FOR IMMEDIATE RELEASE
DECEMBER 23, 2022
STABLE POLICY ATTRACTING MINING INVESTMENT, SAYS FQM
LUSAKA, ZAMBIA – Zambia’s stable and consistent policies have sparked a resurgence in direct foreign investment, according to the nation’s largest mining company, First Quantum Minerals (FQM).
“We’re now responding to the incentives, stability and consistency of policy. Mines can now seek capital whether it’s self-generated or from the wider international financial institutions,” said FQM’s Kansanshi Mining Corporate Affairs Manager Kyansenga Chitoshi, speaking on a panel of multi-industry representatives at a dissemination workshop on the key findings of the government’s 2022 Foreign Private Investment & Investor Perspective Survey.
The survey is released by the Balance of Payments Statistical Committee, comprised of the Bank of Zambia, the Zambia Statistics Agency, the Zambia Development Agency and other member institutions.
The main objective of the survey is to understand the magnitude, types and direction of foreign private capital liabilities and assets.
“In 2021, global foreign direct investment (FDI) flows recovered strongly to pre-pandemic levels, rising by 64.0 per cent to about US$1.6 trillion. However, Africa accounted for a small proportion, US$83.0 billion or 5.2 per cent, of the total global FDI flows,” said Bank of Zambia Governor and Guest of Honour Dr Denny Kalyalya in his opening remarks.
A pertinent issue, the governor guided, was for the country to determine what made other parts of the world preferred investment destinations to Africa.
A key finding of the survey was that from 2021 to the first half of 2022, Zambia recorded a net outflow of FDI liability mainly attributed to debt repayments in the mining sector.
Inflows, however, were recorded from Canada, Australia, South Africa, Mauritius, the United States of America, the Cayman Islands, Sweden and China. Zambia’s FDI liability stocks continued to be dominated by mining investments from Canada, Switzerland, Australia, China and the United Kingdom.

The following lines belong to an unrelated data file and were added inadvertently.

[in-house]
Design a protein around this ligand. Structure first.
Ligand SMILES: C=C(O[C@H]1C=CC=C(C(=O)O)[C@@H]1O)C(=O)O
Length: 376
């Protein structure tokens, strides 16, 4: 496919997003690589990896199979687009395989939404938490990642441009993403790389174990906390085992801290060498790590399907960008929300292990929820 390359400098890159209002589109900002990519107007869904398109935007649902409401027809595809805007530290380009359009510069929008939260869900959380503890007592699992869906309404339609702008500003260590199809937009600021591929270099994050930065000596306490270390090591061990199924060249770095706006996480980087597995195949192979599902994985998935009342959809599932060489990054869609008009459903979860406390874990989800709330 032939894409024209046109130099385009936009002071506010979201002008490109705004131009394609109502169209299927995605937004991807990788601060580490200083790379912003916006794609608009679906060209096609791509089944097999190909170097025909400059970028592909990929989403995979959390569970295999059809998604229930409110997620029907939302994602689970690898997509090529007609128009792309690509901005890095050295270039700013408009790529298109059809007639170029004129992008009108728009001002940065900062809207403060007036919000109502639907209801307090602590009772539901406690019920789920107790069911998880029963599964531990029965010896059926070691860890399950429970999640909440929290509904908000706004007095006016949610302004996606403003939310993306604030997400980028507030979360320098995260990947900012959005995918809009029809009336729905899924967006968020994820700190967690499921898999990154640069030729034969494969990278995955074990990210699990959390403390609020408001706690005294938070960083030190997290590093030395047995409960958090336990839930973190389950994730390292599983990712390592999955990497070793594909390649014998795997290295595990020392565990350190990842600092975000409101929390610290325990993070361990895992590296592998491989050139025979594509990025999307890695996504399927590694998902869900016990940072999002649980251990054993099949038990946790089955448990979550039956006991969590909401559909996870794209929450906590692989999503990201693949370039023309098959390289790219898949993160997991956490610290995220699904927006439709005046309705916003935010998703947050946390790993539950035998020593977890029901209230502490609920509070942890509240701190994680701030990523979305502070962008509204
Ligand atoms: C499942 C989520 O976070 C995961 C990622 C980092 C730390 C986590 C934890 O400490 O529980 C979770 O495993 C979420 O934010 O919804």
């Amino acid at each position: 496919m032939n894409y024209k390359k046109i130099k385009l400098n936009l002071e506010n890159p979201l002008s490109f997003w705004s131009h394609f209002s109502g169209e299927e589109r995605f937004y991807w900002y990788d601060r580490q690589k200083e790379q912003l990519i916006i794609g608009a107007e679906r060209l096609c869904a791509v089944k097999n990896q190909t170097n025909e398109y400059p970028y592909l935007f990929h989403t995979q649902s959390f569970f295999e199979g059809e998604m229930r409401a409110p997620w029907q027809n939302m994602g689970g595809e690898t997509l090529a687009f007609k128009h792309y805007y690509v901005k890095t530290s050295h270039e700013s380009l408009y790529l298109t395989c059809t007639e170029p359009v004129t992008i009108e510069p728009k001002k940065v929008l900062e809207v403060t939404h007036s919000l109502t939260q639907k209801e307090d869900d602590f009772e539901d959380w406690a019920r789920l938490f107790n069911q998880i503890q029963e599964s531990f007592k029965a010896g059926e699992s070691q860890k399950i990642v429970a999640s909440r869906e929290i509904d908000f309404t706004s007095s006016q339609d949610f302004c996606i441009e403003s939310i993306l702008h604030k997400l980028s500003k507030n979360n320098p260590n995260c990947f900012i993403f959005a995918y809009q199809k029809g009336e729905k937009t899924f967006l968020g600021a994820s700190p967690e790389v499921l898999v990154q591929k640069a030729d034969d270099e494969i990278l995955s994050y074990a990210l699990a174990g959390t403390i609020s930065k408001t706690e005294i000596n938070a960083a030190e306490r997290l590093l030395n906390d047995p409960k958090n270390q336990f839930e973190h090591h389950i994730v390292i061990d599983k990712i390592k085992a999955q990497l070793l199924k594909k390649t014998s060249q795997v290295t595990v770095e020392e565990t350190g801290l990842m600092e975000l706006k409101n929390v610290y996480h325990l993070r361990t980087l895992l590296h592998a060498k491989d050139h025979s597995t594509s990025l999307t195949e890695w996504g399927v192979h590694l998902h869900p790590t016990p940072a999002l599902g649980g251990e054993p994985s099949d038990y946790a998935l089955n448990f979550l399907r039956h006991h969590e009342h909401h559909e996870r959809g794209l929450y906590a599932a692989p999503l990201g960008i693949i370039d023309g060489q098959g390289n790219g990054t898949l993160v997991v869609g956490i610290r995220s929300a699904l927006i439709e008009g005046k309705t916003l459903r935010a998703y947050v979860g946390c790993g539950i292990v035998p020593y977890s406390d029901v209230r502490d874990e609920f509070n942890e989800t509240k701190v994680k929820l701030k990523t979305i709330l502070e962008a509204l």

The net outflows reported in 2021 were due, in part, to the instability that characterised mining policy in the prior regime.
According to Zambia Chamber of Mines CEO Mr Sokwani Chilembo, the prioritisation of strengthening a company’s balance sheet through debt repayment or distribution of dividends as opposed to reinvestment was a result of investor insecurity brought on by unpredictable policies. This was the unfortunate position that many players in the mining sector found themselves in during the period under study.
“We have competitors in the same space. We have other countries looking for large multinationals and foreign investors to put their money into development projects or mining projects in their jurisdictions. FQM has had a wonderful growth story with various different operations [but] aside from acquiring the asset, there is a significant investment that has to go in order for you to viably continue to mine,” elaborated Mrs Chitoshi.
Having announced a colossal investment of US$1.35bn earlier this year and officially breaking ground at the new Enterprise Nickel Mine, First Quantum Minerals has proven to be among the investors that have found renewed confidence in Zambia’s business climate. “There is a great amount of optimism and belief in the stability of the country,” she concluded.
About First Quantum Minerals Ltd
First Quantum Minerals Ltd is a global metals and mining company producing mainly copper, gold and zinc. The company’s assets are in Zambia, Spain, Mauritania, Australia, Finland, Turkey, Panama, Argentina and Peru.
In 2021, First Quantum globally produced 816,435 tonnes of copper, 312,492 ounces of gold and 16,818 tonnes of nickel.
In Zambia, it operates the Kansanshi mine and smelter in Solwezi and the Sentinel mine in Kalumbila.
The company is listed on the Toronto Stock Exchange.
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